Apparatus and Materials

  • Similar bottles, 3 (about 150 to 200 ml volume)
  • Domestic spring balance or a top pan balance (5 kg +/- 2 g)
  • Mercury
  • Tray to hold the bottle filled with mercury

Health & Safety and Technical Notes

Take the usual care when using mercury, but, as it is in a sealed container, it presents minimal risk.

Read our standard health & safety guidance


The bottles should be filled with air, water and mercury. All should be sealed securely and similarly. (Those sold as medical flats are suitable.)

Procedure

  1. Find and record the masses of the three bottles.
  2. Get the students to work out how much heavier the mercury is than the water, as a ratio.

Teaching Notes

  • Before the weighings, discuss the purpose of the bottle filled with air. It leads to the assumption that the mass of air is negligible compared with the mass of the container. Hence the mass of water and mercury can be calculated.
  • If possible, allow students to lift the bottle of mercury. (Insist that the bottle stays with its tray.) Their surprise at how heavy it feels will be memorable.
  • The volumes of mercury and water are the same, so the ratio of their masses gives the ratio of their densities. The absolute density can be found if their volumes are measured.
  • You could say: "Returning to the calculation of the velocity of air molecules at the base of the atmosphere, we now know that the density of mercury is about 13.5 times as dense as water. So, a water atmosphere would have to be 13.5 times as high as the mercury height, 13.5 x 75 cm: about 10 m. What about an atmosphere of air? Not air that gets thinner and thinner all the way up, but air that stays just as dense as it is here in this room?"
  • Now we are going to need a comparison of the density of water and the density of air. See the experiment:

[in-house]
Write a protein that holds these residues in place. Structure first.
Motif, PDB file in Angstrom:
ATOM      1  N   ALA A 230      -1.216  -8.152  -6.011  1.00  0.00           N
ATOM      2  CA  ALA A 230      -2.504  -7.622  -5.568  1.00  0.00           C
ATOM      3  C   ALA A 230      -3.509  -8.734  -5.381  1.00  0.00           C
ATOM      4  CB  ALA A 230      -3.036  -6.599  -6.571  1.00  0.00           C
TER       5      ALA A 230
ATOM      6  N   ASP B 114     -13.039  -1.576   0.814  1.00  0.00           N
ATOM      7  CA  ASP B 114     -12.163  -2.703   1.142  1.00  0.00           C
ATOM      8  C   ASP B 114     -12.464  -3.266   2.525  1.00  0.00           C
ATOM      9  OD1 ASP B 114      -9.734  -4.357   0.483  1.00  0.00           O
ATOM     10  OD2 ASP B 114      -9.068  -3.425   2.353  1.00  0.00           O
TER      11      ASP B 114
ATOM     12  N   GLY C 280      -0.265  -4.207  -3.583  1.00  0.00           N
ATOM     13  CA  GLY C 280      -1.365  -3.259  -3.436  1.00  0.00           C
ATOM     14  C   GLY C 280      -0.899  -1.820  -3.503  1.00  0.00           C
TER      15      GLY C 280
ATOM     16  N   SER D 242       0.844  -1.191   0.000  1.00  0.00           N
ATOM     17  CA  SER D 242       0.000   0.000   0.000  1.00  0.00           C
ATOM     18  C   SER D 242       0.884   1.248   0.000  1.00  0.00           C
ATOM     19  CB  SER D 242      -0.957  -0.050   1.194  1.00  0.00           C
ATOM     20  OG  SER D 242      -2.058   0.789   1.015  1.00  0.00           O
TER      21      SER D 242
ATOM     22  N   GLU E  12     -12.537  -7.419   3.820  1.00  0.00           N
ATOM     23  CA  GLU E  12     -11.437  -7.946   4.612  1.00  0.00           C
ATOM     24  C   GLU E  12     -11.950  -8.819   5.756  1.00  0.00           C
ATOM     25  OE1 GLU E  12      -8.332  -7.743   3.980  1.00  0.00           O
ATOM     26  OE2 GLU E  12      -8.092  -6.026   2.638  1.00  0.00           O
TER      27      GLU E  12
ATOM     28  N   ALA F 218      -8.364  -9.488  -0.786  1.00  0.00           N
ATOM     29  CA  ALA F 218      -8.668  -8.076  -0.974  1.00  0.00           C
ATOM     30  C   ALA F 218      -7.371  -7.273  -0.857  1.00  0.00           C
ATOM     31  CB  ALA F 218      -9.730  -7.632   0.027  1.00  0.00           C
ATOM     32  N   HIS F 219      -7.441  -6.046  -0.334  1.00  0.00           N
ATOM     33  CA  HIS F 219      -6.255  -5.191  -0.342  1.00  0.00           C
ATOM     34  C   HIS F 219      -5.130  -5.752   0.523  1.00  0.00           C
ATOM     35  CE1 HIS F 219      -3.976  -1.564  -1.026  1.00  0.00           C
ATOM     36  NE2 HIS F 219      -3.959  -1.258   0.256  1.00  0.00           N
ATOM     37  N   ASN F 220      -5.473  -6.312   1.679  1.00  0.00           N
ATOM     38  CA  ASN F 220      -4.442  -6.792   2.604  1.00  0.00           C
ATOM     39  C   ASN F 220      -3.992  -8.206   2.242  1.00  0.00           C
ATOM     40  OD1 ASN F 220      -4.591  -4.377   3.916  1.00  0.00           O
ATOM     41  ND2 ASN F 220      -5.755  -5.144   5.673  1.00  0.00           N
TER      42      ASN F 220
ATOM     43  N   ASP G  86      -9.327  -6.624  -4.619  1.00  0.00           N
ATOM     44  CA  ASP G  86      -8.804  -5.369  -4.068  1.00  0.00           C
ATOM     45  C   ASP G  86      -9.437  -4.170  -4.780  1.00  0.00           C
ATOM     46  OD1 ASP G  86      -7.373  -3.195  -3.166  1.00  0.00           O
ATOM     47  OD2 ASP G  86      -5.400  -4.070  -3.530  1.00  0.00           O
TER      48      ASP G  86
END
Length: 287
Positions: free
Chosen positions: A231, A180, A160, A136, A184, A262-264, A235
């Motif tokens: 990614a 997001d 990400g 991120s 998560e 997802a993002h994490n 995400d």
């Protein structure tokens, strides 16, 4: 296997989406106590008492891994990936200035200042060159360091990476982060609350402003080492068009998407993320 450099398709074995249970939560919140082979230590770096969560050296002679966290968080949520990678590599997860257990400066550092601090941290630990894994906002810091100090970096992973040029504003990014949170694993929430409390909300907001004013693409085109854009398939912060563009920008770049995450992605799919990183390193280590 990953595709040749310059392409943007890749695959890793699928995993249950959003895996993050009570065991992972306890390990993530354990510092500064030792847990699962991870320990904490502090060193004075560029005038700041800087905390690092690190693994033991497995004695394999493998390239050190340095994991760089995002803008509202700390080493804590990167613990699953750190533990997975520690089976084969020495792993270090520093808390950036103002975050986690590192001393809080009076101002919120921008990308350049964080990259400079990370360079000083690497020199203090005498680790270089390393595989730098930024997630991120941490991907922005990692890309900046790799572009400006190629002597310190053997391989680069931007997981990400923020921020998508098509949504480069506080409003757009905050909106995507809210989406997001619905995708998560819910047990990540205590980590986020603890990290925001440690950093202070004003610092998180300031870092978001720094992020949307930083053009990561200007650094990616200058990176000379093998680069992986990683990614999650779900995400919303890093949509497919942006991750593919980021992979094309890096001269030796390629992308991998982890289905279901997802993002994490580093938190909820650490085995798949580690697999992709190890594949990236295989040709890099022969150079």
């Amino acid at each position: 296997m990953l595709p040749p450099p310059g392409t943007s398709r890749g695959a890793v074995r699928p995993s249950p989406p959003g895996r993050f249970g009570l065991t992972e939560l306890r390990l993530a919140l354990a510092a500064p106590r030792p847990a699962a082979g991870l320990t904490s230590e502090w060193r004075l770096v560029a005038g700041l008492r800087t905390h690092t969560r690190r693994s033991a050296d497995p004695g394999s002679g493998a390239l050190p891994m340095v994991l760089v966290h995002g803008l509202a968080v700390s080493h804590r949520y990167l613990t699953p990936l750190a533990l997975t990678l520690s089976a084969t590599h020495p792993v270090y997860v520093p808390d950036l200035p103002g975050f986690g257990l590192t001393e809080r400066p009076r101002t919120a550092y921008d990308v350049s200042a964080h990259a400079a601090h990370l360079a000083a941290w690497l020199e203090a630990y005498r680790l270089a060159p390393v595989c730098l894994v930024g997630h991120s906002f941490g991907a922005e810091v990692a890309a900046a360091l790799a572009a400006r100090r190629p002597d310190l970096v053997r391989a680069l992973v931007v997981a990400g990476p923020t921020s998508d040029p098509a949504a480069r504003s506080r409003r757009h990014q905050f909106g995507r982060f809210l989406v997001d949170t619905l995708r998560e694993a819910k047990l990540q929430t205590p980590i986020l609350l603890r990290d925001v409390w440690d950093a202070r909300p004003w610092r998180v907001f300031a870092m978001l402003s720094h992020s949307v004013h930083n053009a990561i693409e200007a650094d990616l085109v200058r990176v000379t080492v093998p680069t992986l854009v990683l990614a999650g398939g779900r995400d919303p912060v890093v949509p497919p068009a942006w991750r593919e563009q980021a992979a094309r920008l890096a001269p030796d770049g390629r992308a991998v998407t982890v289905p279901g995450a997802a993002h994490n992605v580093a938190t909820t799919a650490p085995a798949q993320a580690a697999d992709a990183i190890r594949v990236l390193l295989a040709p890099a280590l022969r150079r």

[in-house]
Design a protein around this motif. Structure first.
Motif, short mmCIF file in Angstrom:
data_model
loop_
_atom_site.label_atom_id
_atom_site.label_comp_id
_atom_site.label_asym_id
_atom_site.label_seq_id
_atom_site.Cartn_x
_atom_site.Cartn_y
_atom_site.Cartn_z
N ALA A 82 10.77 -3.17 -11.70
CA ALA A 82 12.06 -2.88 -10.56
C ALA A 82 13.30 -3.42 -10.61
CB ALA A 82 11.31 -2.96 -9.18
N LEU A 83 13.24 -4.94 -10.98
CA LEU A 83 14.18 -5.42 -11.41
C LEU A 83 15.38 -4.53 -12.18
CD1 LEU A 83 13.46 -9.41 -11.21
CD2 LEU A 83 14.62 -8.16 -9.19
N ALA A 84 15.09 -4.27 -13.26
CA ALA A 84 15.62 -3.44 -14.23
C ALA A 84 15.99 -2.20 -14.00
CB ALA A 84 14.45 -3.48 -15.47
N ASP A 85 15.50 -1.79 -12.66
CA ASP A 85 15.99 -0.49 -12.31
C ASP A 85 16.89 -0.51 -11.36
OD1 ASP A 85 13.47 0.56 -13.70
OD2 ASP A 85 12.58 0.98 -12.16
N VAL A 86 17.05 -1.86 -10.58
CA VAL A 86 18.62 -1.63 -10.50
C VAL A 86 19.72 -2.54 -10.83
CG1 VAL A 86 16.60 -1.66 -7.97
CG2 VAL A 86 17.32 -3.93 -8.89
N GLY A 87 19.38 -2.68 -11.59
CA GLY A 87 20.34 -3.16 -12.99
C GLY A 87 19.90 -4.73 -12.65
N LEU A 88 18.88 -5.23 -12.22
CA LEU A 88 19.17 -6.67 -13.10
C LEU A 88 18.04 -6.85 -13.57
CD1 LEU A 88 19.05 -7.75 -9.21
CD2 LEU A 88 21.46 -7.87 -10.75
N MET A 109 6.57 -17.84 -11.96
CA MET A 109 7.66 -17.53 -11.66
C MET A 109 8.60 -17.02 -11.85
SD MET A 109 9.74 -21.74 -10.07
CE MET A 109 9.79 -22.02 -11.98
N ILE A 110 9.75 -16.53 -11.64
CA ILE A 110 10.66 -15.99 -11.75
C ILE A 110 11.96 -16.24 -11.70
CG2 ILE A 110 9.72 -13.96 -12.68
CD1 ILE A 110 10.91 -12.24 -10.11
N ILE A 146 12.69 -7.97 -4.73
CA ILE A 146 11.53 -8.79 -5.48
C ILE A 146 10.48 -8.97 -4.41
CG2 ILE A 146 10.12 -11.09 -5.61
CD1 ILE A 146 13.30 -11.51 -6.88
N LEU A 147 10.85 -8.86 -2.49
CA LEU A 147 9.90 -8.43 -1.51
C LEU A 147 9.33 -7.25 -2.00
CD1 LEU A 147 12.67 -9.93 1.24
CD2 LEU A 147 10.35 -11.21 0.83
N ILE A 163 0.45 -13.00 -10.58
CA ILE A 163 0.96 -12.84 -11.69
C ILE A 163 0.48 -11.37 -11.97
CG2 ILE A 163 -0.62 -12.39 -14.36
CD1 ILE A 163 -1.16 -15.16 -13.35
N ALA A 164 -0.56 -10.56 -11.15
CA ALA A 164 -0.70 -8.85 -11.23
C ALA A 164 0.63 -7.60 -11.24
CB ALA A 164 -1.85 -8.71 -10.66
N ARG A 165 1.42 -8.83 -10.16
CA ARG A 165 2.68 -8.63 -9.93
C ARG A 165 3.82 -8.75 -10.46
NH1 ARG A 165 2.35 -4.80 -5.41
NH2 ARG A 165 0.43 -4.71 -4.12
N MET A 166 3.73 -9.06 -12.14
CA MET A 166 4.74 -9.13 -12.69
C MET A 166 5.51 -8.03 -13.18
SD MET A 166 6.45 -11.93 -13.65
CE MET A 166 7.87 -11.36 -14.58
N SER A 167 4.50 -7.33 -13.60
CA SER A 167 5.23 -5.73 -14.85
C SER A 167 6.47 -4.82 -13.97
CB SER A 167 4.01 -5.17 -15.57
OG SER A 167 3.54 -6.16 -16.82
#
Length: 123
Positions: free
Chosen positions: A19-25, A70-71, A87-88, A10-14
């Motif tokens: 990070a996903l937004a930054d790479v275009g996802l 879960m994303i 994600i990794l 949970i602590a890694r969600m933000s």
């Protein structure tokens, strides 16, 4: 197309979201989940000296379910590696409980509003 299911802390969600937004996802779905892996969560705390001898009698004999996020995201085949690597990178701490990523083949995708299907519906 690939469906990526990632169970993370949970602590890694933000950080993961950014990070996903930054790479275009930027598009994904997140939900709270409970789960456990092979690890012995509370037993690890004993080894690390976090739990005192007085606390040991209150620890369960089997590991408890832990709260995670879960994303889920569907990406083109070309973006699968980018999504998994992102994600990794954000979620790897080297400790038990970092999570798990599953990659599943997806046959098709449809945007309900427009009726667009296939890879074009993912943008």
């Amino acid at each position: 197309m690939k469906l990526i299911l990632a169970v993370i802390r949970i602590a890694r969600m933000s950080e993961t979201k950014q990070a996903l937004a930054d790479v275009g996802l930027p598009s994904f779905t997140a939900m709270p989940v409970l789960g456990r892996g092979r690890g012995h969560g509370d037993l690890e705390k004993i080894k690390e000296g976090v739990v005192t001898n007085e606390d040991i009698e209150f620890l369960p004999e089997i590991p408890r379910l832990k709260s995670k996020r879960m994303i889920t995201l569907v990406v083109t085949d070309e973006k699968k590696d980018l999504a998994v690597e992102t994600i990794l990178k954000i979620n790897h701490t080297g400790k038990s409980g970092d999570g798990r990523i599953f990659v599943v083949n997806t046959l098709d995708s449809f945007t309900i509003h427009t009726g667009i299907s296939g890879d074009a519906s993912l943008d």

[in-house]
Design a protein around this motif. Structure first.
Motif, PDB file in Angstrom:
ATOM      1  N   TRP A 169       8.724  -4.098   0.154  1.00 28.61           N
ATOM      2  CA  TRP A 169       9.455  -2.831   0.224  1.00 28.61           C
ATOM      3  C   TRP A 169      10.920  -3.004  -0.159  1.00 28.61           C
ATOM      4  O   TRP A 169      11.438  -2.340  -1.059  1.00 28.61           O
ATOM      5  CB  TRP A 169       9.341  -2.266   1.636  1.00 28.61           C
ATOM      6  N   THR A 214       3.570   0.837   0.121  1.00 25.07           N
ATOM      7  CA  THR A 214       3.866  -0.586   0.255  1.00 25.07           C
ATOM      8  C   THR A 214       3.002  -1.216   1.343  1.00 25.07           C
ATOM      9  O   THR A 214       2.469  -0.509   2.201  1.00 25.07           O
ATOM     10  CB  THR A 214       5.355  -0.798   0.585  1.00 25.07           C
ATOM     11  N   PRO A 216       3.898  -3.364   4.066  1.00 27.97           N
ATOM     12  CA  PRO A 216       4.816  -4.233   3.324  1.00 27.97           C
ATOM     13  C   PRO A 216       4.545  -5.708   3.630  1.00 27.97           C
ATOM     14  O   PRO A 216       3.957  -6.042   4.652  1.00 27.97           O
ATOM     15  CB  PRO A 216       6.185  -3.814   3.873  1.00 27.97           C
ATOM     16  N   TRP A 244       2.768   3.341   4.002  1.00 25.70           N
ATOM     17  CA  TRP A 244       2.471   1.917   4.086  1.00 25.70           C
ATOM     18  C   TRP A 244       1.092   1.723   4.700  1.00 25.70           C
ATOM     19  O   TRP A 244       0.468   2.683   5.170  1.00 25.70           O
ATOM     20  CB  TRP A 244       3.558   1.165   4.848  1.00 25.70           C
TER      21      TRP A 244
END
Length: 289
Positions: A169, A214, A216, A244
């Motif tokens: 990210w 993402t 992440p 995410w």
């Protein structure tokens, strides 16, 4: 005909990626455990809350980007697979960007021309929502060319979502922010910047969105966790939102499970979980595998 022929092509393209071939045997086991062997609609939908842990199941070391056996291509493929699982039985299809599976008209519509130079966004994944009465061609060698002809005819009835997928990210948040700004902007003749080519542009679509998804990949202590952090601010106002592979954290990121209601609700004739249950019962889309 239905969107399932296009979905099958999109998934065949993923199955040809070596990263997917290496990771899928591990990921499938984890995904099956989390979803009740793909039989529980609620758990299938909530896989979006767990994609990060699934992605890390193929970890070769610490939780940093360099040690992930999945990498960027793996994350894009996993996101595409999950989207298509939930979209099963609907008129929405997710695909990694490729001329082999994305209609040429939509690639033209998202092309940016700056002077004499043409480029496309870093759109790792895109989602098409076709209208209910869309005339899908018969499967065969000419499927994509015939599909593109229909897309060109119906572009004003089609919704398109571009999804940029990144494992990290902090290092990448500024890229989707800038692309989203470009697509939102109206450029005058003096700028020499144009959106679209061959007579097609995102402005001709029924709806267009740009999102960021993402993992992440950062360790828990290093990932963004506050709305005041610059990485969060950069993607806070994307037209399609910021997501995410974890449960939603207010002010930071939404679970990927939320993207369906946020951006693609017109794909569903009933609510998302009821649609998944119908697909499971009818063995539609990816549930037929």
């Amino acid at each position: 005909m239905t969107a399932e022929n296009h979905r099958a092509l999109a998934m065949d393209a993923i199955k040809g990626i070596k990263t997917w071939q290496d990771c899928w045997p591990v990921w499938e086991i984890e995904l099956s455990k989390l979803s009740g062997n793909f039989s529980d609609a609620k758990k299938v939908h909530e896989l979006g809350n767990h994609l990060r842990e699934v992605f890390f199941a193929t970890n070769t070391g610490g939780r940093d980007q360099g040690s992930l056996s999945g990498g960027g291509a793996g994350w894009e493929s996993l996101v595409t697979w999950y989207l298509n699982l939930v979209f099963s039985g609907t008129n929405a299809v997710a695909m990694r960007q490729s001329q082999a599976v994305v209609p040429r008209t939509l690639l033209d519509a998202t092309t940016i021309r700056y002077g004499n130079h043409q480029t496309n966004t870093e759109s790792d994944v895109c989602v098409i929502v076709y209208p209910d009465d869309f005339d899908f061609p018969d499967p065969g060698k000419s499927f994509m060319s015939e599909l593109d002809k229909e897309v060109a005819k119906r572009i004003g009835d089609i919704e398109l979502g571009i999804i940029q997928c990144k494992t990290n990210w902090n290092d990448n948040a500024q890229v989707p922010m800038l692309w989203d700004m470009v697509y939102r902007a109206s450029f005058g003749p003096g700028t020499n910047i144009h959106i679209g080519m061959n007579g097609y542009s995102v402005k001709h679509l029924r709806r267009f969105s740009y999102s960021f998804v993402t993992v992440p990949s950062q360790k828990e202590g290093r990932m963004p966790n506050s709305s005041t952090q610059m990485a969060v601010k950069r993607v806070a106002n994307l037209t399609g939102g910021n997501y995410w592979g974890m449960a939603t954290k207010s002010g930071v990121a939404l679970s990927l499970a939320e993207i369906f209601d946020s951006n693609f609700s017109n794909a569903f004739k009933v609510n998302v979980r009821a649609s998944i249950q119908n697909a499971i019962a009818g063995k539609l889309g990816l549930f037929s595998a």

Measuring the density of air 3


This experiment was safety-tested in July 2006

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Measuring the density of water 1

Density
Properties of Matter

Measuring the density of water 1

Practical Activity for 14-16

Demonstration

This could be a useful introduction to the idea of density of a liquid.

Apparatus and Materials

  • Perspex box with internal dimensions 10 cm x 10 cm x 11 cm
  • Domestic balance (2 kg to +/- 2 g is adequate)
  • Cube, 1 m x 1 m x 1 m (e.g. five squares of Corriflute, 1 m x 1 m, with L-shaped wire links for the vertical edges. The fifth square sits on the top - no base is needed.)

Health & Safety and Technical Notes

Read our standard health & safety guidance


The Perspex box should have a horizontal line marked on one face, 10 cm from the internal base so it can be filled to that depth.

The metre cube could be made out of cardboard, and could be collapsible for ease of storage.

Procedure

  1. Find the masses of the empty Perspex box and then the box filled to a depth of 10 cm.
  2. Place the cardboard cube beside the Perspex box.

Teaching Notes

  • Using cubes will help younger or weaker students make the link with densities found for blocks of solids. They may need reminding that 1000 cubic centimetres = 1 litre.
  • Having found the mass of 1000 cubic centimetres of water, the metre cube can be used to help students see that the mass of a cubic metre of water would be 1000 times greater. Some may be familiar with the thought that the density of water is 1 g/cm 3 . This will help them see it cannot be 1 kilogram per cubic metre but rather 1000 kg /m 3 !